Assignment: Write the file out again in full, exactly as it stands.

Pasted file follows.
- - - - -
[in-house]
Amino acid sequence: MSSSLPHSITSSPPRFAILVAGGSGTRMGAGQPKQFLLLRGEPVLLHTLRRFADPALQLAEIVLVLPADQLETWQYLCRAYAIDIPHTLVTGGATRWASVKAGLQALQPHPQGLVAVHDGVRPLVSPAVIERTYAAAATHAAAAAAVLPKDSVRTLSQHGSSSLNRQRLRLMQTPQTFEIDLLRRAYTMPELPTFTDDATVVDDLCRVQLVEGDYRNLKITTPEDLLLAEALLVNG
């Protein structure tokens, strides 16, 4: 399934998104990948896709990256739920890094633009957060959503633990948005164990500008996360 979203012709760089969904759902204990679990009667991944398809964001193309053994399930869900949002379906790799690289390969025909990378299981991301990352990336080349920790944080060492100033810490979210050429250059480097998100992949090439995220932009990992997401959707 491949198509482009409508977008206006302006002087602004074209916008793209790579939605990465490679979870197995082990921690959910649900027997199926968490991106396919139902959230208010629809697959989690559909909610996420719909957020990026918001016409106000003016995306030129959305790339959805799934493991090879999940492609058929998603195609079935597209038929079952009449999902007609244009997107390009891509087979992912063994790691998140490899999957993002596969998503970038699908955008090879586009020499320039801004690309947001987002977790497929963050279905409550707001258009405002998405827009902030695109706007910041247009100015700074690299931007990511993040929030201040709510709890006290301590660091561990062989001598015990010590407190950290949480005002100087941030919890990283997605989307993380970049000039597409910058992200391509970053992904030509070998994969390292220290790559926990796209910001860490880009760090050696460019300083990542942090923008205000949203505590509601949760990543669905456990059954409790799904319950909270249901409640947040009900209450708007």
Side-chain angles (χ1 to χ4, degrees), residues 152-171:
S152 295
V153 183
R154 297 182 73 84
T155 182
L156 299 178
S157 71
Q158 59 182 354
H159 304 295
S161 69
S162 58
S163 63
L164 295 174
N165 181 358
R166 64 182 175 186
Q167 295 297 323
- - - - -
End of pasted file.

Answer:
[in-house]
Amino acid sequence: MSSSLPHSITSSPPRFAILVAGGSGTRMGAGQPKQFLLLRGEPVLLHTLRRFADPALQLAEIVLVLPADQLETWQYLCRAYAIDIPHTLVTGGATRWASVKAGLQALQPHPQGLVAVHDGVRPLVSPAVIERTYAAAATHAAAAAAVLPKDSVRTLSQHGSSSLNRQRLRLMQTPQTFEIDLLRRAYTMPELPTFTDDATVVDDLCRVQLVEGDYRNLKITTPEDLLLAEALLVNG
């Protein structure tokens, strides 16, 4: 399934998104990948896709990256739920890094633009957060959503633990948005164990500008996360 979203012709760089969904759902204990679990009667991944398809964001193309053994399930869900949002379906790799690289390969025909990378299981991301990352990336080349920790944080060492100033810490979210050429250059480097998100992949090439995220932009990992997401959707 491949198509482009409508977008206006302006002087602004074209916008793209790579939605990465490679979870197995082990921690959910649900027997199926968490991106396919139902959230208010629809697959989690559909909610996420719909957020990026918001016409106000003016995306030129959305790339959805799934493991090879999940492609058929998603195609079935597209038929079952009449999902007609244009997107390009891509087979992912063994790691998140490899999957993002596969998503970038699908955008090879586009020499320039801004690309947001987002977790497929963050279905409550707001258009405002998405827009902030695109706007910041247009100015700074690299931007990511993040929030201040709510709890006290301590660091561990062989001598015990010590407190950290949480005002100087941030919890990283997605989307993380970049000039597409910058992200391509970053992904030509070998994969390292220290790559926990796209910001860490880009760090050696460019300083990542942090923008205000949203505590509601949760990543669905456990059954409790799904319950909270249901409640947040009900209450708007």
Side-chain angles (χ1 to χ4, degrees), residues 152-171:
S152 295
V153 183
R154 297 182 73 84
T155 182
L156 299 178
S157 71
Q158 59 182 354
H159 304 295
S161 69
S162 58
S163 63
L164 295 174
N165 181 358
R166 64 182 175 186
Q167 295 297 323